Calif. Given Federal Grant To Hire 100 New Law Enforcement Officers
Don't Miss This
- Jury Convicts Man Of Killing Ex-Girlfriend In Winters
- Apple CEO Tim Cook Publicly Acknowledges He’s Gay
- Terminally Ill Woman May Postpone Taking Her Life
- Turlock Designer’s Idea Puts Quick, Complex Games In Your Pocket
- How Did Luis Enrique Monroy-Bracamonte Hide In United States Illegally Until Deputy Killings?
Get Breaking News First
OAKLAND, Calif. (CBS/AP) — California is receiving nearly $20 million in federal grants to help hire or rehire more than 100 new law enforcement officers across the state.
National and local leaders made the announcement Tuesday in Oakland. Thirty-nine cities and counties in California will receive the federal funding available through the Community Oriented Policing Services grants, also known as COPS.
Oakland will get a $4.5 million grant, the highest amount awarded in the country. The money will be used to hire 10 officers over three years.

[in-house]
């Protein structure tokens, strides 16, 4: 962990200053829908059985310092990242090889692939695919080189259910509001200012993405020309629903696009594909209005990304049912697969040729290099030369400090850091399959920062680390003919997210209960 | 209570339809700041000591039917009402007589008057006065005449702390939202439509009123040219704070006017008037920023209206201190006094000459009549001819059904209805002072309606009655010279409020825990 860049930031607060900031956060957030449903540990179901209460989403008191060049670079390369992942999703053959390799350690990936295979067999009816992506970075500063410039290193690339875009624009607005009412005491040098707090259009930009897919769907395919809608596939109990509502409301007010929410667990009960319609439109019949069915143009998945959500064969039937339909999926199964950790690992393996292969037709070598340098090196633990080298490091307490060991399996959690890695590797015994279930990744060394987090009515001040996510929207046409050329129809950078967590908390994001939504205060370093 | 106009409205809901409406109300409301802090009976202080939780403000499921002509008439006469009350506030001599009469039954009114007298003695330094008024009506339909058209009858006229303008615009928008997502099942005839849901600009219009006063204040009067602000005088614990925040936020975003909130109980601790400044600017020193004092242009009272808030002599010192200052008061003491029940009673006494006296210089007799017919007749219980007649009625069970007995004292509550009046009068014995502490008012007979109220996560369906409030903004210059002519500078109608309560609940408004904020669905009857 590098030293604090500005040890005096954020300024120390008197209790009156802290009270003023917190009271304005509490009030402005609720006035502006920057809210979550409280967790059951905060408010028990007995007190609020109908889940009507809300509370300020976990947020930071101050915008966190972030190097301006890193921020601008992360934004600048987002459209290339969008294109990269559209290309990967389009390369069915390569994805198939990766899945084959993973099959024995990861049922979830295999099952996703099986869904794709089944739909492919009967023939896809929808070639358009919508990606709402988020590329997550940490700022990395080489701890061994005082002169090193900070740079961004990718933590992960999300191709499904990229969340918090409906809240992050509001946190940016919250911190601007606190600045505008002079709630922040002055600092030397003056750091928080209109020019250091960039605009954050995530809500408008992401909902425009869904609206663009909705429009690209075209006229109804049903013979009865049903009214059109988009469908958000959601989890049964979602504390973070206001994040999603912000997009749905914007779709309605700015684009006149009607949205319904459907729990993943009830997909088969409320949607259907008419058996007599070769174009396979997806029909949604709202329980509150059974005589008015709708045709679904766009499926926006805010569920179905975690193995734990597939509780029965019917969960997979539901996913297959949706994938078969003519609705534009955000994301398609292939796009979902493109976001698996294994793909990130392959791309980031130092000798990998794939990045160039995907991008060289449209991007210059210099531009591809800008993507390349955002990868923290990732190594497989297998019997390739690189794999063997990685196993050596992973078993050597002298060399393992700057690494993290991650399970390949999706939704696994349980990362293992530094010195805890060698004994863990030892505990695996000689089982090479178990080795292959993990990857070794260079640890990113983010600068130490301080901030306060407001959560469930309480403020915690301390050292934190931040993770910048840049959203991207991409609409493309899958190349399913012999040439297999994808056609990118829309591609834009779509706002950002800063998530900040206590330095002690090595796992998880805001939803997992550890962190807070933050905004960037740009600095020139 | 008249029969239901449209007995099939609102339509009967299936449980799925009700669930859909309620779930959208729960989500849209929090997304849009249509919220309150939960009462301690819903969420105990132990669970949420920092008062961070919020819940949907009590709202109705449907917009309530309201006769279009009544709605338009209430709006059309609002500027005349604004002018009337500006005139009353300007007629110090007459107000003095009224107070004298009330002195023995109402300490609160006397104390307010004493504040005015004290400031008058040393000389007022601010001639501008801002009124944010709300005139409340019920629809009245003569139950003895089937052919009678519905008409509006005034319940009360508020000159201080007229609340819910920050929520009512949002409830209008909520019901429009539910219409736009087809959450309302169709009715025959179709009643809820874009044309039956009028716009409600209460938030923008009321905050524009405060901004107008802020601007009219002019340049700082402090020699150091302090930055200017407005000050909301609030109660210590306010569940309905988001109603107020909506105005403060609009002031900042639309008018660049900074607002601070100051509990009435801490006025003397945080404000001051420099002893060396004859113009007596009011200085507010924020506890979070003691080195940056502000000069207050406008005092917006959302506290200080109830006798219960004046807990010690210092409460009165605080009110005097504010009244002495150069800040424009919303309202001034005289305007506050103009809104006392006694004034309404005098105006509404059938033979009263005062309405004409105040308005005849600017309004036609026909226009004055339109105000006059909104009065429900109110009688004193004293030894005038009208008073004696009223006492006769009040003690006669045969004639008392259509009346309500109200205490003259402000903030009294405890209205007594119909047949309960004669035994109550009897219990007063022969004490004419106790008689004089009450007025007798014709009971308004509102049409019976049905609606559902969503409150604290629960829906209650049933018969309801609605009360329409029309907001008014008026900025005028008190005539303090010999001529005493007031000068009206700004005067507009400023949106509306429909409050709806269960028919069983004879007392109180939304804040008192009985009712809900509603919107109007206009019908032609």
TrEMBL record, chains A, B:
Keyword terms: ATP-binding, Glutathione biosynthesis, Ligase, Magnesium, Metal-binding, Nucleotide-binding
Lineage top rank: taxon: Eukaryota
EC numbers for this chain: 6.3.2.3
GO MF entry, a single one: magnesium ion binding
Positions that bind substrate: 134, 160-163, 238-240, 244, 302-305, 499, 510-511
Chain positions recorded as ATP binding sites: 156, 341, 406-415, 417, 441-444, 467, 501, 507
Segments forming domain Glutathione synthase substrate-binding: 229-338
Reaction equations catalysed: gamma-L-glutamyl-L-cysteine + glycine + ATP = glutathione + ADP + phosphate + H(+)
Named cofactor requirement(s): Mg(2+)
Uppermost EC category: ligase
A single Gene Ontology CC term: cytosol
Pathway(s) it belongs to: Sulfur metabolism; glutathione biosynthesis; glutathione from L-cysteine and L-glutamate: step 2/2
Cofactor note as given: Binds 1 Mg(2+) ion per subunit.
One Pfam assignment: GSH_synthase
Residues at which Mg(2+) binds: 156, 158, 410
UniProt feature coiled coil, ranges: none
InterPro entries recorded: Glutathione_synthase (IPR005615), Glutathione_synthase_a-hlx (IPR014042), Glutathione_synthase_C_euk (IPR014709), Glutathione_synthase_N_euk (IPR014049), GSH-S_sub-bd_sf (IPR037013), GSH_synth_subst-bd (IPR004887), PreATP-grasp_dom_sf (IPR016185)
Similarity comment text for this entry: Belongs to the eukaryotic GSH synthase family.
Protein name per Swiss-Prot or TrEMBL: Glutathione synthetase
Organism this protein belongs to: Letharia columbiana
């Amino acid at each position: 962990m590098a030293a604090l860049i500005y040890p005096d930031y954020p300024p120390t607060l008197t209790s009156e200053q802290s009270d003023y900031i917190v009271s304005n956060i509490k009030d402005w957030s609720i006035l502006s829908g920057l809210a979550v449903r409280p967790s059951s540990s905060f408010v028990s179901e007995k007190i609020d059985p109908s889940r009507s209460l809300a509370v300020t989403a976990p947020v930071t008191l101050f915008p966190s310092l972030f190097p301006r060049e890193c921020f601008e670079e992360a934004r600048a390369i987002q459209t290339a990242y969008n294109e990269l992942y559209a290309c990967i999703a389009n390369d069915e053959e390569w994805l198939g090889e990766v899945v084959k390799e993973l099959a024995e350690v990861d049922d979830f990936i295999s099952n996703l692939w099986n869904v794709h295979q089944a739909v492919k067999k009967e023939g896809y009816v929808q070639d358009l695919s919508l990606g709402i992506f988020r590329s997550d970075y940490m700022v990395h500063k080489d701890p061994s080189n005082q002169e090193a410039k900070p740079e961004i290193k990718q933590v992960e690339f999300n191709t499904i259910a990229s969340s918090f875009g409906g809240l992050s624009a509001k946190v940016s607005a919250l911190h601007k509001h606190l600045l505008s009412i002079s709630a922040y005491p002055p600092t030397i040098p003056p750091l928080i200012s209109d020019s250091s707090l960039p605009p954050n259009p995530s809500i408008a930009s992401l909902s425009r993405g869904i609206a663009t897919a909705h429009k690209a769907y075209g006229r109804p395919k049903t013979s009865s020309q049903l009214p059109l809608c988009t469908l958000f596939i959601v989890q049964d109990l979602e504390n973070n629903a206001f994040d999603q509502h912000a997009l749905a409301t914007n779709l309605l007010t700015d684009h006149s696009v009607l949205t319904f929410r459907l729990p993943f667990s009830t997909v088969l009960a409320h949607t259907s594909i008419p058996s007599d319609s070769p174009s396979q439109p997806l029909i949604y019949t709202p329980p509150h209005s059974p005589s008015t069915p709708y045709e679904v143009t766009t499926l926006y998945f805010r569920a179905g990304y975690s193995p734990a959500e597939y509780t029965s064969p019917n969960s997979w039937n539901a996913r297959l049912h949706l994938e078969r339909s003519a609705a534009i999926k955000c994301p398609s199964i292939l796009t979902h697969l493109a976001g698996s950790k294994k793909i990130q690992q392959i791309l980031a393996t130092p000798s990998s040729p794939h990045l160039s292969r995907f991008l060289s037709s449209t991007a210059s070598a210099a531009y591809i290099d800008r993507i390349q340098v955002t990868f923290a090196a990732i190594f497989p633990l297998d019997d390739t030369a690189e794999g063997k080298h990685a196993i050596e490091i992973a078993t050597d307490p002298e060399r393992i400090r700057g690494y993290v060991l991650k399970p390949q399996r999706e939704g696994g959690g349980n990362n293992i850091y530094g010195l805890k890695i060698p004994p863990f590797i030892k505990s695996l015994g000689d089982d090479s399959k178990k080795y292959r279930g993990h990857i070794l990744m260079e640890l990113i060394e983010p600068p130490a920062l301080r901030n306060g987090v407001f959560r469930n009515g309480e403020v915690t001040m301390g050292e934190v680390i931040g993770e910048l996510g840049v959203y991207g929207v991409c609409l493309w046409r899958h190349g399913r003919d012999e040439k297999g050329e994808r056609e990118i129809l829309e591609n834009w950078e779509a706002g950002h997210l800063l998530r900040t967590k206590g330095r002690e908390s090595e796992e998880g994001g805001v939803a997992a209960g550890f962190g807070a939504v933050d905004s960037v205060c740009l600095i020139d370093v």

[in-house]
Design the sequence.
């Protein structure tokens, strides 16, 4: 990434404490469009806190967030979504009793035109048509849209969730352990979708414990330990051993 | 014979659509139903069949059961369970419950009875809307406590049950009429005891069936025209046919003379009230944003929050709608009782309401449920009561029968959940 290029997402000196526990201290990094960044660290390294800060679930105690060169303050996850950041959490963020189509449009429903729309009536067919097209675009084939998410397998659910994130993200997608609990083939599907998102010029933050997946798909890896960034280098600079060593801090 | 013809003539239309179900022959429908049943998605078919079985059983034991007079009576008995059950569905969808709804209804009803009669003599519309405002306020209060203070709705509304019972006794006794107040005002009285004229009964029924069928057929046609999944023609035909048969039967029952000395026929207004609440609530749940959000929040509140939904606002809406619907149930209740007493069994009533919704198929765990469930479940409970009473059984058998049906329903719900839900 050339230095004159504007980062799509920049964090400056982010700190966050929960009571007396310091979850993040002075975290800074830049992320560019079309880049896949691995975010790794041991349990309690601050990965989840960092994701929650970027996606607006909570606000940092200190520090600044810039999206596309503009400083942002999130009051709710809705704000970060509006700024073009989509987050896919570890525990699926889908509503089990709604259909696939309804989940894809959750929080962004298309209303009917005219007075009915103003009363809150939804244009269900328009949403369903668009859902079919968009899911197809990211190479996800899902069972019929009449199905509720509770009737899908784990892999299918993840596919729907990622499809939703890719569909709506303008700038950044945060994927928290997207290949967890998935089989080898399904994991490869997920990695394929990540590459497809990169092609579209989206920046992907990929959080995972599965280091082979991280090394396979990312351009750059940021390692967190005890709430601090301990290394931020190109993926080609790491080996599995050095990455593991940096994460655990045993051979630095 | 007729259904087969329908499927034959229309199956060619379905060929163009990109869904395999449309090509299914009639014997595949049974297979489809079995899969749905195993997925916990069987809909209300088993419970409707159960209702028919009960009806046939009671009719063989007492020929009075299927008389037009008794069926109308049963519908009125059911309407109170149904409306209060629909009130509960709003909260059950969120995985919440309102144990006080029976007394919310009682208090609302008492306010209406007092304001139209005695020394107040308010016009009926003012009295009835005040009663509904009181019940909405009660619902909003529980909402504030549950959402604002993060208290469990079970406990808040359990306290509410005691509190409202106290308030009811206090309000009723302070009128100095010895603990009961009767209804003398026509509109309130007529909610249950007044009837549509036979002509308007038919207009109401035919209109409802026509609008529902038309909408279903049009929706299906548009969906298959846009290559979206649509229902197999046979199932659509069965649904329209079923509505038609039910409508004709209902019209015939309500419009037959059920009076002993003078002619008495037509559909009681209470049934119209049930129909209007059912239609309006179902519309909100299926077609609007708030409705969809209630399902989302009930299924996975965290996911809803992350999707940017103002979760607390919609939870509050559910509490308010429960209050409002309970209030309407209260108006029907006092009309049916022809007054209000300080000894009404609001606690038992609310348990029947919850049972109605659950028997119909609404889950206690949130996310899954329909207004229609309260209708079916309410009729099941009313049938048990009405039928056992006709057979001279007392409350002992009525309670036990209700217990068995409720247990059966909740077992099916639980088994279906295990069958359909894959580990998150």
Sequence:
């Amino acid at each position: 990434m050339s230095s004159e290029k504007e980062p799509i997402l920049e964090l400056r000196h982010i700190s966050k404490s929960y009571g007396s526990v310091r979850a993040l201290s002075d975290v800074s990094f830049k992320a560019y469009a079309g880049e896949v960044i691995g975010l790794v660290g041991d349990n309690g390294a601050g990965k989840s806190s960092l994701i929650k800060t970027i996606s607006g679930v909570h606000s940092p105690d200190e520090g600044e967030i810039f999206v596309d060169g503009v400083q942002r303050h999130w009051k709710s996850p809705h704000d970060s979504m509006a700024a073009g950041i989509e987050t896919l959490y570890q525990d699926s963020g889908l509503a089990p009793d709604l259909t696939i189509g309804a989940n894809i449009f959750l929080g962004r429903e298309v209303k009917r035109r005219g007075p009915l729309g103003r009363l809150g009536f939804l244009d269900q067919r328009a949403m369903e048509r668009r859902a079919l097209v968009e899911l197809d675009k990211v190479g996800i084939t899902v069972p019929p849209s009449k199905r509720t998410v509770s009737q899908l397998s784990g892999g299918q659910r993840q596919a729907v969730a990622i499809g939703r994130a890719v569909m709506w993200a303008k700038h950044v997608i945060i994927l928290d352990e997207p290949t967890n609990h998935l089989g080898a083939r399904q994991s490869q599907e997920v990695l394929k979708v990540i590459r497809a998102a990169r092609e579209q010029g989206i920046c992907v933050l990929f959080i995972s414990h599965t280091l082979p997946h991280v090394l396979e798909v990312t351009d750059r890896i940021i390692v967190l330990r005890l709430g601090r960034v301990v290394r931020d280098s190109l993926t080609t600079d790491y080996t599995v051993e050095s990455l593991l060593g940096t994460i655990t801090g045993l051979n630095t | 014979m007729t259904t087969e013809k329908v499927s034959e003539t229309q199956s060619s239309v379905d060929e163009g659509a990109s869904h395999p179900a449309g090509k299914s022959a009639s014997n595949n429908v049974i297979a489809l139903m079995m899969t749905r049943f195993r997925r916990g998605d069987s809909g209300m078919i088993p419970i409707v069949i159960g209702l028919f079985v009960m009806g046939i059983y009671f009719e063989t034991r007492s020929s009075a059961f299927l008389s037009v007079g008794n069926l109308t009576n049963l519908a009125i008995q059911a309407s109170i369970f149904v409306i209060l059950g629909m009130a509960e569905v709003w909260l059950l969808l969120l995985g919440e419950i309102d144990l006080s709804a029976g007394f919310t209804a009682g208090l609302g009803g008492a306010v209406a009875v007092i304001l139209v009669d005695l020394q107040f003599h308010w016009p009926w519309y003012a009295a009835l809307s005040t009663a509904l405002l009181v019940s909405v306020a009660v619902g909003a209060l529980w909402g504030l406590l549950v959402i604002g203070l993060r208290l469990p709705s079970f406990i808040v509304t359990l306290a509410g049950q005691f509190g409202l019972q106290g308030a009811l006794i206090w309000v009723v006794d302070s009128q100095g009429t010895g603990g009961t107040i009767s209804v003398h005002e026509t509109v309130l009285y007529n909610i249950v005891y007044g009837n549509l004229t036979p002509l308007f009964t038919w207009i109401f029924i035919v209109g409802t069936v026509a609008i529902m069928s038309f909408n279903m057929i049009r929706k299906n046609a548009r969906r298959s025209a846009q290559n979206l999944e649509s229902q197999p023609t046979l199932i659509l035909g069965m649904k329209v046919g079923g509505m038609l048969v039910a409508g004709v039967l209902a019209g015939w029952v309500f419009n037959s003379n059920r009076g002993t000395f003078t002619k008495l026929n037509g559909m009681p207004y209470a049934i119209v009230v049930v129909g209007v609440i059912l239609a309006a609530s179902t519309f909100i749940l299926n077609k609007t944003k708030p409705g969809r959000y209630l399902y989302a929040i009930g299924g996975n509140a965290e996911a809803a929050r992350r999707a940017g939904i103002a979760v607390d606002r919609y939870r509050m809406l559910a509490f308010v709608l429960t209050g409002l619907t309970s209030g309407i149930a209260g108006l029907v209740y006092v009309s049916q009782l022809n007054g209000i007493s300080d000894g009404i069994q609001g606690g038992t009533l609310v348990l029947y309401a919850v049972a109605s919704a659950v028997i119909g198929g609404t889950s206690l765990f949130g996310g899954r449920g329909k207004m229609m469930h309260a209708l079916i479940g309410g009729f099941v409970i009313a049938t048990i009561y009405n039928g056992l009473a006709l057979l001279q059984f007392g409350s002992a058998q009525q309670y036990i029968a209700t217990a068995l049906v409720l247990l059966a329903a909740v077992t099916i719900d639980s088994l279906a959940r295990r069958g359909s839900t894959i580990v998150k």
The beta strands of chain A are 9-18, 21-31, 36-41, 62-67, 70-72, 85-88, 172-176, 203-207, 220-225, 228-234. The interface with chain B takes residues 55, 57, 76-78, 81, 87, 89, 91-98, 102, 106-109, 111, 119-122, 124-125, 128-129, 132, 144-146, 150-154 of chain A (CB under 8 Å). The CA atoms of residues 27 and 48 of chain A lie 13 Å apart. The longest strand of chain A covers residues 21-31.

The violence-plagued, cash-strapped city has cut the size of its police force from 830 officers in 2009 to just over 600 now.
Other cities receiving COPS grant money include Sacramento, Inglewood and Modesto.
“The grants we announce today are part of the Justice Department’s ongoing commitment to help dedicated local law enforcement professionals build safer, stronger communities,” said Tony West, Associate Attorney General of the United States. “These awards will help our partners in jurisdictions across the state of California hire more officers and better work with the communities they serve to address public safety issues.”
The 2013 COPS’ grants come as funding for the federal program has been fiercely debated in Congress.
The Associated Press contributed to this report.